5 Things You Need to Know About The Craigslist Adult Services Censor

This weekend, Craigslist censored the Adult Services section of their site.

The move comes after immense and growing public pressure from a number of critics and opponents, including some law enforcement officials, anti-trafficking groups, and most notably (and perhaps threateningly) Connecticut state Attorney General Richard Blumenthal. It also comes in the wake of the highly publicized so-called “Craigslist killer” case, in which a Boston University medical student allegedly hired a prostitute via the site and went on a murderous crime and gambling spree, later committing suicide in jail.

Lots of people are offering their opinions on this latest event, and- surprise, surprise- there’s a ton of misinformation floating around regarding adult services, what they are, why they were censored, and who it will help or hurt. Here are 5 things every feminist should know about the craigslist adult services censor:

1) It was technically voluntary.

There’s no court order or anything. The site was basically indirectly threatened into self-censoring, after seventeen attorneys general wrote an open letter to Jim Buckmaster and Craig Newmark, the CEO and Founder of Craigslist respectively, last Tuesday, requesting that they “immediately take down the Adult Services portion of craigslist.” In the letter, the attorneys general begged the founders to “finally hear the voices of the victims, women and children” who “plead with you to make this important change.” Shutting down the Adult Services section is the “right thing to do to protect innocent woman and children,” the letter insisted.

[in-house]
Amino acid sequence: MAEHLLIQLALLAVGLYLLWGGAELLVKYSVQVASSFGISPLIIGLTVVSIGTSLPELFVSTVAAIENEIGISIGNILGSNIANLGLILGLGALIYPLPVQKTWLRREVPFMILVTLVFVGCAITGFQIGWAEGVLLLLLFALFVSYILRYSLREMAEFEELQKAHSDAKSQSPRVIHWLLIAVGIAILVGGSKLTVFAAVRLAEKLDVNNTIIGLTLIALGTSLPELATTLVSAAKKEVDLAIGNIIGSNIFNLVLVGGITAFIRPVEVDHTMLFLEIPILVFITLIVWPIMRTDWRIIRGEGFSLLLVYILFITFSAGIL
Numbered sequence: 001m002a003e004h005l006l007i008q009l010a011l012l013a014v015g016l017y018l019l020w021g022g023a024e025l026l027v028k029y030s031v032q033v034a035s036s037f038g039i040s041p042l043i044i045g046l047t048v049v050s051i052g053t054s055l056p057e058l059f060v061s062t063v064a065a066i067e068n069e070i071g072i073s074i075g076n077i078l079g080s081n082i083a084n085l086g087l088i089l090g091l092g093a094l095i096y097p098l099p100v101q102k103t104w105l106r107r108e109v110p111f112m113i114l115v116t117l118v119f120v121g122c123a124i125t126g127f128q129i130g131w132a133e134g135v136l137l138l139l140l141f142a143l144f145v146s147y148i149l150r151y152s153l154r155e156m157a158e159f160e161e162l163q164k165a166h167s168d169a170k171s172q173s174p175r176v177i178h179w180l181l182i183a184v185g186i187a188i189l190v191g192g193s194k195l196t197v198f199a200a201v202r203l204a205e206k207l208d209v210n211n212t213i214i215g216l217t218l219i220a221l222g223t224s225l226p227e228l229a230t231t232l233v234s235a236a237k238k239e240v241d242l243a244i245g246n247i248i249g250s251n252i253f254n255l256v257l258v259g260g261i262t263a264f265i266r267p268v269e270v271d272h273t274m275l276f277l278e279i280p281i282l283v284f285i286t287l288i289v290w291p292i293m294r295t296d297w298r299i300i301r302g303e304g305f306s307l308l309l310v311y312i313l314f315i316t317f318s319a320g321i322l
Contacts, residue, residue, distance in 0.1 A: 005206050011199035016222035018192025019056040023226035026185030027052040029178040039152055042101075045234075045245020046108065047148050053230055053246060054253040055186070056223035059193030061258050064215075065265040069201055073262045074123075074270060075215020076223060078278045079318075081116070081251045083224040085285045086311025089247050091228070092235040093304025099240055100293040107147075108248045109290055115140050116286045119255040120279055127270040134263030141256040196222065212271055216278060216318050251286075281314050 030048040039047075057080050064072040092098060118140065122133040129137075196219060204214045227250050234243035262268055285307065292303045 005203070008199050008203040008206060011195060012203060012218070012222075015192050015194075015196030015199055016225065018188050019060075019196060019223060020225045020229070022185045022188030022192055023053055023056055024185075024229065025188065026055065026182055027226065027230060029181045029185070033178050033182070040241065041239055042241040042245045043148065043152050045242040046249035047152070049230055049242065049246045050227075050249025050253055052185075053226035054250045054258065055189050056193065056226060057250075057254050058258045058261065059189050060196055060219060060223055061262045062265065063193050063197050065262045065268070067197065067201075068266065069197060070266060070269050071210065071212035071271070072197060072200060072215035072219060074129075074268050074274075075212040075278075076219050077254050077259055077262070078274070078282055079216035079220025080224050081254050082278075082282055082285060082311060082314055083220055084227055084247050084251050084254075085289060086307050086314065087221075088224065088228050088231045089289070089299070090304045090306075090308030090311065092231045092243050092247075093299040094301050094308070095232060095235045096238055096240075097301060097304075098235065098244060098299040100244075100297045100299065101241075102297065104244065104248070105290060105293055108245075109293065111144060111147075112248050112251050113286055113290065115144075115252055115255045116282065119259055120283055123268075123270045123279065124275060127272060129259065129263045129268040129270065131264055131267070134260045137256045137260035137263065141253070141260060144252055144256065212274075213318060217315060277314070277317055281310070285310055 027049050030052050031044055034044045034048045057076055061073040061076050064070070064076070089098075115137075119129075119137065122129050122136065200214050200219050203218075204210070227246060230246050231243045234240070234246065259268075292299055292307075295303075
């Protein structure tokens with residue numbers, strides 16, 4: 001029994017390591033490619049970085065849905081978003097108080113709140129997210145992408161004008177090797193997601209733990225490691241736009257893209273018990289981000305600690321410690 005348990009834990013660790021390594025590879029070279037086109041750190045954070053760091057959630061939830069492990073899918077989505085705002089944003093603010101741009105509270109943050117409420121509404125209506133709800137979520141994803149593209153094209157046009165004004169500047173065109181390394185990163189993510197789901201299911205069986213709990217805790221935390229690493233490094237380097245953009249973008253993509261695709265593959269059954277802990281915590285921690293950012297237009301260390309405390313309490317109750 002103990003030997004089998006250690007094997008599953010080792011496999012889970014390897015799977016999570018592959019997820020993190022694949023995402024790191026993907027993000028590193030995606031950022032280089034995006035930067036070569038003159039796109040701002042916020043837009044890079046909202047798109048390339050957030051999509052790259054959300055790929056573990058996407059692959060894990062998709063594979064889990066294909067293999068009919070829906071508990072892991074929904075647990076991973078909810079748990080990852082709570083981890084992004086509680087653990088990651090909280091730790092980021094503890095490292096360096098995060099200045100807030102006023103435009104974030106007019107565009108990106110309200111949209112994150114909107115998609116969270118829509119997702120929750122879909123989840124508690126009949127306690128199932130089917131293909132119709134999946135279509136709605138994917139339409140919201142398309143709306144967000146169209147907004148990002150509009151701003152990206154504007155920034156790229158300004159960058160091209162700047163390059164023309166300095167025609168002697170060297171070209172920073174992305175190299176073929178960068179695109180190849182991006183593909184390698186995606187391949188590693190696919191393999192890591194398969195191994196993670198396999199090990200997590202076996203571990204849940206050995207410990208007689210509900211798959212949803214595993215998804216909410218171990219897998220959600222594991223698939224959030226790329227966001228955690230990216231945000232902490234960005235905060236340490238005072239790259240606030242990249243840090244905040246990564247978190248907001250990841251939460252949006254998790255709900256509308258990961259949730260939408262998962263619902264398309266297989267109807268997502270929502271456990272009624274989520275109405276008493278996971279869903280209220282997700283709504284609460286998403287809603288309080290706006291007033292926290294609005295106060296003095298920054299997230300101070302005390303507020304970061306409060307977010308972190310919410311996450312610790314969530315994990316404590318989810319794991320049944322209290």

2) It’s not the first time something like this has happened.

It’s been a process. Back in May of 2009, the site closed its “erotic services” section, replacing it with the “adult services” page that is now in question again. Any of this sounding familiar? At that time, Melissa Gira Grant, a blogger and writer on sex, technology, politics, and culture, wrote a compelling piece on Slate explaining how shutting down the”erotic services” section hurts prostitutes and cops. It seems the message didn’t get through.

3) You can still buy sex online, and in person, for that matter.

This one’s pretty self-explanatory folks. “The show must go on,” as they say. Censoring one section of Craigslist is not going to put the kibosh on prostitution, or even trafficking, for good. For the curious or unconvinced, I suggest checking out this handy guide to buying sex online, put together by Gawker writer Adrien Chen, who notes that “if Attorneys General and anti-trafficking groups are actually serious about shutting down the Internet sex trade—and not just jumping on a Craigslist panic wagon—they’re going to have to look far beyond Craigslist” before launching into a laundry list of alternative ways to find sex-for-pay online.

4) The Craigslist Adult Services section is a red herring in the fight against trafficking, sexual assault, and child abuse.

The Craigslist Adult Services page may make for a sexy red herring, but the actual task of ending violence and sexual assault against women and children is not outside of our grasp. As Melissa Gira Grant points out on AlterNet in her latest article on the subject:

“If these lead prosecutors are truly concerned about ending violence and exploitation, then their focus on one intermediary advertising Web site, among dozens of other sex ad venues, could be considered criminally shortsighted. There’s a tremendous amount the attorneys general could do to actually curb the suffering of people within the criminal and legal systems in which they have power.”